The Hibs manager achieved the 12,500-to-one shot at Kilspindie Golf Club in Aberlady, East Lothian.
His agent and close friend Martin Reilly revealed: “I heard about it around 10 minutes after it happened - he made a point of phoning me!
“He’s a bit of a dark horse as a golfer. He has come close to it a few times so I wasn’t surprised.
“He doesn’t golf there normally. A friend invited him up and he certainly gave them something to remember. He’d played well and got the hole-in-one, so he was delighted.”
Lennon’s golden shot came at the 167-yard par-three eighth.
After finishing his round, he headed for the club shop so Kilspindie’s resident professional Graham Sked could sign the ball for him.
“He was in good form,” said Mr Sked. “It’s tradition to sign the ball after getting a hole-in-one. I’ve been the club pro here for 25 years and it’s really rare.”
Lennon’s Hibs team have been knocked off the top of the Scottish Championship by Queen of the South but, off the park, his luck seems to be in.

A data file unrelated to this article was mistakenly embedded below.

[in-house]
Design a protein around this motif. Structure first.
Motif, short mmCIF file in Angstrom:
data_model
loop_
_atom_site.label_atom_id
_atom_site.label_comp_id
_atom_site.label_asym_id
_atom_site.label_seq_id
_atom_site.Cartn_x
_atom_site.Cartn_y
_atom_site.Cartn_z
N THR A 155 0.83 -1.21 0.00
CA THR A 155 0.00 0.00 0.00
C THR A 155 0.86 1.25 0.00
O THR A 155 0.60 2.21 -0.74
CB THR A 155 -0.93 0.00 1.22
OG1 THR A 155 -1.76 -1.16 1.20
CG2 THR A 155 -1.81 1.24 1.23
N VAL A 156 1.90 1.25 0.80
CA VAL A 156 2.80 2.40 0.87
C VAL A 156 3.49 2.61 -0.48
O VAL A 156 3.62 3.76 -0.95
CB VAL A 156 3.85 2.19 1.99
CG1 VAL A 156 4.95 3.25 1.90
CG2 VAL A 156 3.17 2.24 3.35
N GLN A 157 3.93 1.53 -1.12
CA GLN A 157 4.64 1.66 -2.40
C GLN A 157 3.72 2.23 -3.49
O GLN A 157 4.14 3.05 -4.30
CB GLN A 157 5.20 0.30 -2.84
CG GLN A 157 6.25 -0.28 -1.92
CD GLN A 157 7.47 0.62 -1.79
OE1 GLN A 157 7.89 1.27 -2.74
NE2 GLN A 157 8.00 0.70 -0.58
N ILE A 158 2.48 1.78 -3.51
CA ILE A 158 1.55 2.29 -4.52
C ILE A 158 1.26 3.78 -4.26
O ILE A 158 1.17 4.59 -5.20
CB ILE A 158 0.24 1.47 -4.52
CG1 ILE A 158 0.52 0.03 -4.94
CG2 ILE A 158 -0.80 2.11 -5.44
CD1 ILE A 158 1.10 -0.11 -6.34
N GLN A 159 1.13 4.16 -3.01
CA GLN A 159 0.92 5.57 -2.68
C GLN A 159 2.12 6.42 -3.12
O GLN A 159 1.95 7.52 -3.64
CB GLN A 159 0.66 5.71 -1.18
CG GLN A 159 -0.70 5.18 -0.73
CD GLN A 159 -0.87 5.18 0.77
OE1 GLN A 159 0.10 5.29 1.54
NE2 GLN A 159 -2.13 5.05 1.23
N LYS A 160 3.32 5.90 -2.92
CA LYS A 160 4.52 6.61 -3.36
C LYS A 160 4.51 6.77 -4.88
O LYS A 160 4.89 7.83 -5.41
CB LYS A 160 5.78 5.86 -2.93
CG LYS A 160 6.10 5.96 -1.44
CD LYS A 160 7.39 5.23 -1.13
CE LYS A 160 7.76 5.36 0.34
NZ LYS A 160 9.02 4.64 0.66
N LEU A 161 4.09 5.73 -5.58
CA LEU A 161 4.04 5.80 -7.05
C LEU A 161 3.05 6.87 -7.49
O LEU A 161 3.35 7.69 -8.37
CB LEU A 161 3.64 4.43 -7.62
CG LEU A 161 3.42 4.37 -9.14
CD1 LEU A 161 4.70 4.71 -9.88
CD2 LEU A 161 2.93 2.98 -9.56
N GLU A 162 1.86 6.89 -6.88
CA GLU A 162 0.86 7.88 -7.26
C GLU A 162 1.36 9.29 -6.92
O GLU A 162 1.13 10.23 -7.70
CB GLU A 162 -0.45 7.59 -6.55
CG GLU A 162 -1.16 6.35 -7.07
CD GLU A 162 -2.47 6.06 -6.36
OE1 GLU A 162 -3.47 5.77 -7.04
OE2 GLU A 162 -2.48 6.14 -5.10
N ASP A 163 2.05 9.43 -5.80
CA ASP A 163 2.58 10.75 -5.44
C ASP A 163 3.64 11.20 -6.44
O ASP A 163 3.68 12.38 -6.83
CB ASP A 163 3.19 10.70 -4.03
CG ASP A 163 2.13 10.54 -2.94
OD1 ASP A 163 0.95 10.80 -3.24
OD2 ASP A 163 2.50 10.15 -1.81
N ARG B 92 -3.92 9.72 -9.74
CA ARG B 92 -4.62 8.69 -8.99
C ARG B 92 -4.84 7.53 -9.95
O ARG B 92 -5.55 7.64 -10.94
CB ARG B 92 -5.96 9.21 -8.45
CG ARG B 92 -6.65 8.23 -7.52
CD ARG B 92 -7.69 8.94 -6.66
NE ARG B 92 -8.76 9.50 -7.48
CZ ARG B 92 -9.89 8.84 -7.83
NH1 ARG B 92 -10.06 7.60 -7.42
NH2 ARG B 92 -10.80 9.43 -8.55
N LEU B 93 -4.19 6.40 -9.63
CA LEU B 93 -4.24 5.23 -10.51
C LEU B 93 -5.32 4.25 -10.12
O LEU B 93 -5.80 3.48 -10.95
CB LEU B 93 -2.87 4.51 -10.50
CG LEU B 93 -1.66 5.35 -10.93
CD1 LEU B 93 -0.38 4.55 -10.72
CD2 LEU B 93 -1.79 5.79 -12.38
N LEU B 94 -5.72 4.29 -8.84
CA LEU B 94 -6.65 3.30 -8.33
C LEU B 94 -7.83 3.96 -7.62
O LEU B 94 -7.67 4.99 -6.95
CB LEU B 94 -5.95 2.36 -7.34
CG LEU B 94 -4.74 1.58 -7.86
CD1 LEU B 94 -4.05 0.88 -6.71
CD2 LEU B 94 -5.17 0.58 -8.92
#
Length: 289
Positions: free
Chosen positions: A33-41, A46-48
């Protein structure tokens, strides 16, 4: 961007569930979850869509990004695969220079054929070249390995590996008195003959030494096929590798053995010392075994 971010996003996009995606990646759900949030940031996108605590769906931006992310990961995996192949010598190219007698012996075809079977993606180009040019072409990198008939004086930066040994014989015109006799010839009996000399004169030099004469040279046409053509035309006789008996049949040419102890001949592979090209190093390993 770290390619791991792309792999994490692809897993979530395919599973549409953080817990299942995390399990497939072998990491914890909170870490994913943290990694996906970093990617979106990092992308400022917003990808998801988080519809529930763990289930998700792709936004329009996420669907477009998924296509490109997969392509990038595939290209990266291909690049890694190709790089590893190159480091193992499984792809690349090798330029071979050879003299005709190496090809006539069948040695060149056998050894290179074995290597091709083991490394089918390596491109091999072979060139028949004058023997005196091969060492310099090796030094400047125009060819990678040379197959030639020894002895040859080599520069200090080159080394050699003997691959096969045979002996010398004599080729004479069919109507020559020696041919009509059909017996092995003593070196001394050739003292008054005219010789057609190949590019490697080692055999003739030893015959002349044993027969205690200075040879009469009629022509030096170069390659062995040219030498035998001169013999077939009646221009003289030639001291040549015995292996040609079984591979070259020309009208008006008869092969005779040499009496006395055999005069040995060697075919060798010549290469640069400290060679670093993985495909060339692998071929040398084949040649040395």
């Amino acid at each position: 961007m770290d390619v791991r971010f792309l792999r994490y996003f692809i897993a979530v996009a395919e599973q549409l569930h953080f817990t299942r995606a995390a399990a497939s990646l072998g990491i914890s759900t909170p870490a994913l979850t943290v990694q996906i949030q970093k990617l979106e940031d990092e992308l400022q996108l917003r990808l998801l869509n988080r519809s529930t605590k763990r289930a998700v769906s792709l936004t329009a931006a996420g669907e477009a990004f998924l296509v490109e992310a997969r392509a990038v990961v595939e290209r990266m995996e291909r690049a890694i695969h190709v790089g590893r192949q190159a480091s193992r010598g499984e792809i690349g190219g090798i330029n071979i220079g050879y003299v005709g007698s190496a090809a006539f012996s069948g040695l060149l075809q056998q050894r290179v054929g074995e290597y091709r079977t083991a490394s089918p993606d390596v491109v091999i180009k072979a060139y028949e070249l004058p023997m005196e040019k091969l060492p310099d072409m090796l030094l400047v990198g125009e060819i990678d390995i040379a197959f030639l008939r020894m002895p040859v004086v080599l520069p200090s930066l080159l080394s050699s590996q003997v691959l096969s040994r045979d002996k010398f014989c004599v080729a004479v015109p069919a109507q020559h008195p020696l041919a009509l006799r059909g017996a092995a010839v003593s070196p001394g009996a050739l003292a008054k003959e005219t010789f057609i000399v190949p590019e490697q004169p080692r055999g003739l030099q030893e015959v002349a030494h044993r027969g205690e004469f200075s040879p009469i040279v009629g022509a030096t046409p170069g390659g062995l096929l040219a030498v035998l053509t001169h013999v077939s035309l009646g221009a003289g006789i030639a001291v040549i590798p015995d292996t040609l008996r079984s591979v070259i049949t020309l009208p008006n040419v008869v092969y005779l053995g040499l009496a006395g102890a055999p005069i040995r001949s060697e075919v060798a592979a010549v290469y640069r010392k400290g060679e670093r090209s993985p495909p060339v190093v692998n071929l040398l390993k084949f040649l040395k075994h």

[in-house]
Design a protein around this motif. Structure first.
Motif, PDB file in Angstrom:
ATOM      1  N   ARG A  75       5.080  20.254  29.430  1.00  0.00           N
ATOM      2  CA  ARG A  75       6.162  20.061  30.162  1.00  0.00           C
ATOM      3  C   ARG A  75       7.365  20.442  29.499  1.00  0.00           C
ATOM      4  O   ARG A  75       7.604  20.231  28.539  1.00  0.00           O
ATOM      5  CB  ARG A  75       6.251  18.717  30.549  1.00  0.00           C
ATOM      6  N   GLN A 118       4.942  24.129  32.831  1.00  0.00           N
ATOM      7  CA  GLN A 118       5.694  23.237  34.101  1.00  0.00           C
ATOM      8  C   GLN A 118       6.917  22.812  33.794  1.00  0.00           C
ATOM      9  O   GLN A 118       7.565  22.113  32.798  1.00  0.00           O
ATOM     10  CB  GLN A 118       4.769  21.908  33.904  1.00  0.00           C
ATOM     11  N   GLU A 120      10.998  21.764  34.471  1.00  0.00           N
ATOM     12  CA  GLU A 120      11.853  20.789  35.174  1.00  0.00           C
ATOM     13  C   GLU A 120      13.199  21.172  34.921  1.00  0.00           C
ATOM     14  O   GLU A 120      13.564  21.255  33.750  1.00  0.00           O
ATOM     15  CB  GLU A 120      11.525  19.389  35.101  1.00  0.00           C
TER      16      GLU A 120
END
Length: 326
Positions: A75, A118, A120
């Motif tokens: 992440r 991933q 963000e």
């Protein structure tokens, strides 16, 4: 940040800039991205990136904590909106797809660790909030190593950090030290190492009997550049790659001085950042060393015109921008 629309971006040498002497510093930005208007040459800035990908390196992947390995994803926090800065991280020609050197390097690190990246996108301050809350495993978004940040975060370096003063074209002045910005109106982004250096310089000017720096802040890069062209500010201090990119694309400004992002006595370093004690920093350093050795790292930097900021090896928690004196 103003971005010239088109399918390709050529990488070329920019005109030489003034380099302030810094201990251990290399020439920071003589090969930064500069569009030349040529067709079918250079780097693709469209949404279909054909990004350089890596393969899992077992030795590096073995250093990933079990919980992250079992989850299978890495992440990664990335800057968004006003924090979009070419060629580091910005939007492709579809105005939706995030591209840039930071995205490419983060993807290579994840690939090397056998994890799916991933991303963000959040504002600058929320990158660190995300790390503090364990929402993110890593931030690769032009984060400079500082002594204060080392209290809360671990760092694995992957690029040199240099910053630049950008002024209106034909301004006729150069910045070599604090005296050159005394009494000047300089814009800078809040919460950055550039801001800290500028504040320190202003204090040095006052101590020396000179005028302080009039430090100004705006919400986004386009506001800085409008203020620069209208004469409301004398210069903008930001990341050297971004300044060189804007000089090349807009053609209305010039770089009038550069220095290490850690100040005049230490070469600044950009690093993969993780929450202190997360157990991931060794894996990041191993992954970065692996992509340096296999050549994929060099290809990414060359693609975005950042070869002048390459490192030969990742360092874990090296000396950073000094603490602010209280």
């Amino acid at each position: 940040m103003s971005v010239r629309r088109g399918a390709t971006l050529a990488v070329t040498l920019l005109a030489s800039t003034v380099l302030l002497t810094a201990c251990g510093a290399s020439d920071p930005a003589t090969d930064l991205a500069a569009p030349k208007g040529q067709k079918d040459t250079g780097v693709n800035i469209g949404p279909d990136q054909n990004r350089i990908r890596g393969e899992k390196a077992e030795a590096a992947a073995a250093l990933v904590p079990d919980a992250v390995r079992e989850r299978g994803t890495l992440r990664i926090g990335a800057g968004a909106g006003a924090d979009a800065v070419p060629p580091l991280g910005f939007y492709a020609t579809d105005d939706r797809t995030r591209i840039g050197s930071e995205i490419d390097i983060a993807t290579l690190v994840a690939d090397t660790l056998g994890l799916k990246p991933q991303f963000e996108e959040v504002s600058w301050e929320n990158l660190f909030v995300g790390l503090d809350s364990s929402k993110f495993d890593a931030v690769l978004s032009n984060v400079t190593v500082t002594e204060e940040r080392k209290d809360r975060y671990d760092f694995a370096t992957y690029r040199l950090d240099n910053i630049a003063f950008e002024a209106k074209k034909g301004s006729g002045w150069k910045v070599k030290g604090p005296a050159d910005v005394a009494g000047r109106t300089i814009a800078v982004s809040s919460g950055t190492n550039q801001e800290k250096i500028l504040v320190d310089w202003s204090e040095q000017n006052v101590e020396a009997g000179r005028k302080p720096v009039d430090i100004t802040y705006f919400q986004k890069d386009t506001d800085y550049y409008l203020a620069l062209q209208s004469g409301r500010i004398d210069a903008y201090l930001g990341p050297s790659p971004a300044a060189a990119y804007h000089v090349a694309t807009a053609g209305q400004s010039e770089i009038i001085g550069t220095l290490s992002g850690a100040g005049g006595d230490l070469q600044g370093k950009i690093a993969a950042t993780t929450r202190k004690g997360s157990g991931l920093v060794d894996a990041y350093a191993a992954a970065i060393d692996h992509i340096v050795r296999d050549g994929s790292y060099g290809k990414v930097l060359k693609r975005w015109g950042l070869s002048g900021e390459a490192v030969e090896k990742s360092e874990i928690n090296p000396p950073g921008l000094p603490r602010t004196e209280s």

It can be costly for players in the UK and US, though, where it is customary for a golfer to buy a drink for his playing partners and everyone in the clubhouse when they return from their round.
It hits pockets even harder in Japan, where it is tradition to buy your playing partners expensive gifts.
Mr Reilly added: “I don’t know much about the custom myself because I’ve never had one. I’ve never even come close - I’m lucky if I hit the green.
“He’s a good golfer so I’ve had to stop playing rounds with him - he’s taken too much money off me!”
Kilspindie, formed in 1867, is the 35th oldest golf course in the world and is a popular spot with former footballers.